At 14-14, Penn State is the epitome of mediocrity in the Big Ten. The Nittany Lions have shown the ability to take on Goliath, and susceptibility to lose to David. Within that ebb and flow of success and failure lies Penn State’s identity.
The team’s bane is their youth, as they are simply too green to know how to win. In 2016-17, the inconsistency has proven frustrating for the Penn State fan base. It has also put the league on notice. For freshmen Tony Carr, Mike Watkins and Lamar Stevens, the Penn State ceiling is as high as they want it to be.
Let’s take a look at those freshmen now.
Point guard Tony Carr has spent the season feeling out how he fits into the Nittany Lions’ scheme. On Tuesday, everything clicked. With the big bad Boilermakers in town, Tony Carr briefly made the Big Ten forgot all about its best player Caleb Swanigan.
As Penn State’s swarming defense slowly faltered against Purdue’s relentless offensive onslaught, Carr put the world on his shoulders. Down eight, the Point guard proceeded to score eight of the teams last ten points. He wasn’t running off screens, there were no sets, simply Carr versus Purdue. His will took Penn State to overtime.
Carr has shown flashes all year, but freshman timidness kept it bottled up. Following Penn State’s embarrassing loss to Nebraska on the 14th, Patrick Chambers decided it was time to pull Carr out of his shell. The coach announced Carr would assume the role of leader of the team, and he responded.
If Tony Carr can continue to show the Nittany Lions are his team, there will be more potential upsets to come. Ultimately, Penn State will shift to the favorite.
Of the impressive freshmen trio, Lamar Stevens is the rawest. His efficiency needs to improve, but the Forward can get up. Stevens frequently turns a broken offensive set into a rim evisceration. In the second half of the Purdue game, he sliced through two defenders and assaulted the basket, putting Swanigan on a poster. The dunk was further immortalized by cracking Sportscenter’s Top 10.
When Stevens is on, he is on. Three times the freshman has scored 20+ points in the month of February alone. In their upset of Maryland on the 7th, Stevens scored 25 on 8 of 13 shooting. That performance, as well as a 23-point showing against Illinois, earned him Big Ten Freshman of the Week honors.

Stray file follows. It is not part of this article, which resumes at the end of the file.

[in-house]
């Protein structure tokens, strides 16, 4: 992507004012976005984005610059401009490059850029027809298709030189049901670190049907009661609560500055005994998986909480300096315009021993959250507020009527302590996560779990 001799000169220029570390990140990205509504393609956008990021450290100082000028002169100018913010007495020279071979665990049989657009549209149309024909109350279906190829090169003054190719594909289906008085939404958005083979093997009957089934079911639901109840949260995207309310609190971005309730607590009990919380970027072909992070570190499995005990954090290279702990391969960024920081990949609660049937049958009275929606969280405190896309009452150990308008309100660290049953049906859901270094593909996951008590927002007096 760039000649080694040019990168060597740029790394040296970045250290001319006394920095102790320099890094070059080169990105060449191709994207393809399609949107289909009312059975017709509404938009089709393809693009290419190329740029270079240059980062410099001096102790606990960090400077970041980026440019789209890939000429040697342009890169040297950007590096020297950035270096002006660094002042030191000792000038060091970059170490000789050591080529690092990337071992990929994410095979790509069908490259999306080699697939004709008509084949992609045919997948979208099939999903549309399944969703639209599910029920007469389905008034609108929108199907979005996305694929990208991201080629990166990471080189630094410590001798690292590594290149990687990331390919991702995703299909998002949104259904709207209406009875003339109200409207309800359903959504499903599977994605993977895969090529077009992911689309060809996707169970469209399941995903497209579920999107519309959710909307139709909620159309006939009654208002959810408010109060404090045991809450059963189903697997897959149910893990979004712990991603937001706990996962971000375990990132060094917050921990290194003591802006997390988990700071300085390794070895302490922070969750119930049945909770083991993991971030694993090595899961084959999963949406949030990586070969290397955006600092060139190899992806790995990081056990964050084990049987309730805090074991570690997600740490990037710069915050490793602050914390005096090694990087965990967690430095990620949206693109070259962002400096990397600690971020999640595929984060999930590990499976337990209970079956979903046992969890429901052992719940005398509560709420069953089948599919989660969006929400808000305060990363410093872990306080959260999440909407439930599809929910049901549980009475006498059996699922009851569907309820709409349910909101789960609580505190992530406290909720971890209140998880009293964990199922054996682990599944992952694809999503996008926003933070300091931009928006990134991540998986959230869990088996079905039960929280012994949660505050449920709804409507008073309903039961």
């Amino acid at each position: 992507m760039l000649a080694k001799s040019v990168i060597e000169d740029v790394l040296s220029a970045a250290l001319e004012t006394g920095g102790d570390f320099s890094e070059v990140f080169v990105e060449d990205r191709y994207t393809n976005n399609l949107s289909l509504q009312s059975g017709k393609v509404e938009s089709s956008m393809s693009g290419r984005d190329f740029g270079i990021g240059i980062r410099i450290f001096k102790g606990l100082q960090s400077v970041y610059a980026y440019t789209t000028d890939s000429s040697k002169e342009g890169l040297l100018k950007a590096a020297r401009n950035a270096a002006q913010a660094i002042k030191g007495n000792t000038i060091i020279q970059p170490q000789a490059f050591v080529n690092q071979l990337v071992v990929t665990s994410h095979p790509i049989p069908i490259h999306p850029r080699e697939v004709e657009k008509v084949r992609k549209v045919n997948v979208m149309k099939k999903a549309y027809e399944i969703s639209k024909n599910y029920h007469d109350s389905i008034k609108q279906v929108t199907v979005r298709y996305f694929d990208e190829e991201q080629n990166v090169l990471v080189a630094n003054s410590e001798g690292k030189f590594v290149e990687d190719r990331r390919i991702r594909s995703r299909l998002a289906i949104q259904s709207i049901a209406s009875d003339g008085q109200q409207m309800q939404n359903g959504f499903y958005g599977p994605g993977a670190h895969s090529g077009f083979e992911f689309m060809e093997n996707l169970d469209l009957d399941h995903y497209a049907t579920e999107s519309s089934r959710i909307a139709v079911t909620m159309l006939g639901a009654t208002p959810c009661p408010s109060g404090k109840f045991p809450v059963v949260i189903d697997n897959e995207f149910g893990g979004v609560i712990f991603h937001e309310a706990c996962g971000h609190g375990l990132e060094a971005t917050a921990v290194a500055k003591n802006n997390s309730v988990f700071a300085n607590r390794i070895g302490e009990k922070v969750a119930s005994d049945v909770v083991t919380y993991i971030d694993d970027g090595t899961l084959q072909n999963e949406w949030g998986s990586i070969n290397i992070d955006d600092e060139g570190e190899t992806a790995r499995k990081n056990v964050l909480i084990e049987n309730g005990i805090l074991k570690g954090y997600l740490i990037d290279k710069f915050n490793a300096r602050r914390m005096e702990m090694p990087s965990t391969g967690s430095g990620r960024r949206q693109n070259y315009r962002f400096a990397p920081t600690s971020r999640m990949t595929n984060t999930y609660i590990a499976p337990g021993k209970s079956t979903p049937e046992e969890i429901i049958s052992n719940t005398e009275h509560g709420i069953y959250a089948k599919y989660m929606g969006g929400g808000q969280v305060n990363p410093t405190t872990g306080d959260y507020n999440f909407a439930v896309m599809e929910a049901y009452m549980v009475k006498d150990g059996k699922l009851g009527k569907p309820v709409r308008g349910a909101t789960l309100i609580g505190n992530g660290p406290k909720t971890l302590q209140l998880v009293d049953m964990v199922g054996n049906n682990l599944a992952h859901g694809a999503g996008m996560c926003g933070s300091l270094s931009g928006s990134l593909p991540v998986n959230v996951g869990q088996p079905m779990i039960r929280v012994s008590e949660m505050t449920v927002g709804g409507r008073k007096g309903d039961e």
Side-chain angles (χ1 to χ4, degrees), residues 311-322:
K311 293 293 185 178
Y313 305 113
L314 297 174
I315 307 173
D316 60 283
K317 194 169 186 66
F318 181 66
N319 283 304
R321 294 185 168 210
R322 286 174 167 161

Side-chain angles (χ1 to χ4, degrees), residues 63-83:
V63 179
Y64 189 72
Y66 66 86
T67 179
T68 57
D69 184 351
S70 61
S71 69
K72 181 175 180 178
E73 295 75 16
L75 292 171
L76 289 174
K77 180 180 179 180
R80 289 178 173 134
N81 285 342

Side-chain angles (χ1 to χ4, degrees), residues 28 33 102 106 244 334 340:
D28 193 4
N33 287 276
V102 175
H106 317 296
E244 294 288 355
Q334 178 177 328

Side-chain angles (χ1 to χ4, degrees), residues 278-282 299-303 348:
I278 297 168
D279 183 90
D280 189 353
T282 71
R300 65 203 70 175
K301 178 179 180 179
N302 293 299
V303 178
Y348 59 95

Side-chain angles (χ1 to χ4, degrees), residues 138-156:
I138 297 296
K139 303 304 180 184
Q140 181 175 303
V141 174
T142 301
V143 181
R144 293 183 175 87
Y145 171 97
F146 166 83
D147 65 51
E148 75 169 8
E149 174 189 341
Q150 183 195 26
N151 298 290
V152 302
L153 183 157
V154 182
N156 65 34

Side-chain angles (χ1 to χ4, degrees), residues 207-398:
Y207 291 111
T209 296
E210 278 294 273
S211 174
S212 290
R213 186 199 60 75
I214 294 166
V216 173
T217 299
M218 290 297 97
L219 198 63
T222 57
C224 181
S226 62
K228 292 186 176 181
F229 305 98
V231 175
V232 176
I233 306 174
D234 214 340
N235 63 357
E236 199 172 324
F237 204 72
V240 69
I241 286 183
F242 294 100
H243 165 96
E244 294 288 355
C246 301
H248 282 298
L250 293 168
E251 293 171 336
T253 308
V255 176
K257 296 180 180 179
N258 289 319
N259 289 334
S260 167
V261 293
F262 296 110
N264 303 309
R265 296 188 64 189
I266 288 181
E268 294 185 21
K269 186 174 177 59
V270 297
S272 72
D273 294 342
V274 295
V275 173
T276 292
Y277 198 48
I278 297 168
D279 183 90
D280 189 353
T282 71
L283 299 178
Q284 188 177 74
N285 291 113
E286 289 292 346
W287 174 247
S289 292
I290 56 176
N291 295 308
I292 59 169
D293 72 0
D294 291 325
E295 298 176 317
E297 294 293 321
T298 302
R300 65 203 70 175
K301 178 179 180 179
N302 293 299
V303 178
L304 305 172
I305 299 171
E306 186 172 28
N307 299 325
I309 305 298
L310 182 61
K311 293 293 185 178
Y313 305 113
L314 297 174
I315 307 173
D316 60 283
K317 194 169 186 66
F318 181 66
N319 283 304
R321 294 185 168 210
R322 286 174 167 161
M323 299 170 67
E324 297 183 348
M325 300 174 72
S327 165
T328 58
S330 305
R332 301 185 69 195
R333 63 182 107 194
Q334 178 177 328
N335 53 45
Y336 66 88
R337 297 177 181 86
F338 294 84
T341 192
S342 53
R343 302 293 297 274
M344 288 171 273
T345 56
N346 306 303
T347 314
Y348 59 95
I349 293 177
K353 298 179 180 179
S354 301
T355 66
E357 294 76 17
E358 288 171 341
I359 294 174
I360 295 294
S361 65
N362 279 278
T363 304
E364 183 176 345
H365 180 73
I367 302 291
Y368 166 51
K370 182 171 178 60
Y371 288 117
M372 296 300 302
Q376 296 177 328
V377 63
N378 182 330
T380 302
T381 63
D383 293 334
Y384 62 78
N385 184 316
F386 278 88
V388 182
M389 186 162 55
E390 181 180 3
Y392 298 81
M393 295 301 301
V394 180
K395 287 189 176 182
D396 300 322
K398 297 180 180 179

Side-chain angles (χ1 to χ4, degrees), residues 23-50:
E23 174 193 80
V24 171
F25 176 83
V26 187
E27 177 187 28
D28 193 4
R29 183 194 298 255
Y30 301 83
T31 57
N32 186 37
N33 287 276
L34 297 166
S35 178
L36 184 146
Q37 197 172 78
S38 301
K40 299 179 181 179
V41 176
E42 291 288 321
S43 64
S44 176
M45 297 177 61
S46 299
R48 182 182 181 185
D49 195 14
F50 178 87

While he has shown he can light up the scoreboard, Stevens also showcases a proficiency on the glass. On the year, he averages 5.8 rebounds a game. If he can sustain his effort on 50-50 plays, that number should only go up.
Stevens’ skill set is as diverse as it is unpolished. At 6’6”, he has the frame of a prototypical slashing wing. While demonstrating the ability to score from three, midrange, and the post, the Forward is often inconsistent and has the propensity to force his hand. As Stevens matures, he will need to show more patience and take what the defense gives him.
A 6’9” Forward turned Center, what Mike Watkins lacks in size he makes up for in attitude. Twice this season the freshman has been named Big Ten Freshman of the Week, and for good reason. A monster on the boards and vicious shot blocker, Watkins is an enforcer in the paint.
His abilities were on full display against Purdue. Someone forgot to tell the big he was supposed to be afraid of Swanigan and 7’2” Isaac Haas. With 7:38 to play in the first half, Watkins had double digits in rebounds. Everything said and done, he finished with 11 points, 13 rebounds and 3 blocks. Double-double machine Swanigan was held to 10 points and 9 rebounds.
While Watkins has displayed his defensive abilities all season, it’s his growth on the offensive end that has been the most impressive. He has scored double digits in five of the last seven Penn State contests. Most of his points come from put backs and point blank buckets, but Watkins has also shown a knack for finding space in the pick and roll. He does a great job of reading the defender and often will fake a screen and flash to the basket.
Continued improvement on offense for Mike Watkins will truly make him a dangerous force. Second in the league with 2.6 blocks per game, he’s already proven to be lethal on defense.
Potential is just a vision of what can be. For Penn State to truly enter the Big Ten’s upper echelon, their high-profile freshmen will need to continue to develop and improve. If they do, the sky is the limit. So far, the Nittany Lion’s future looks bright.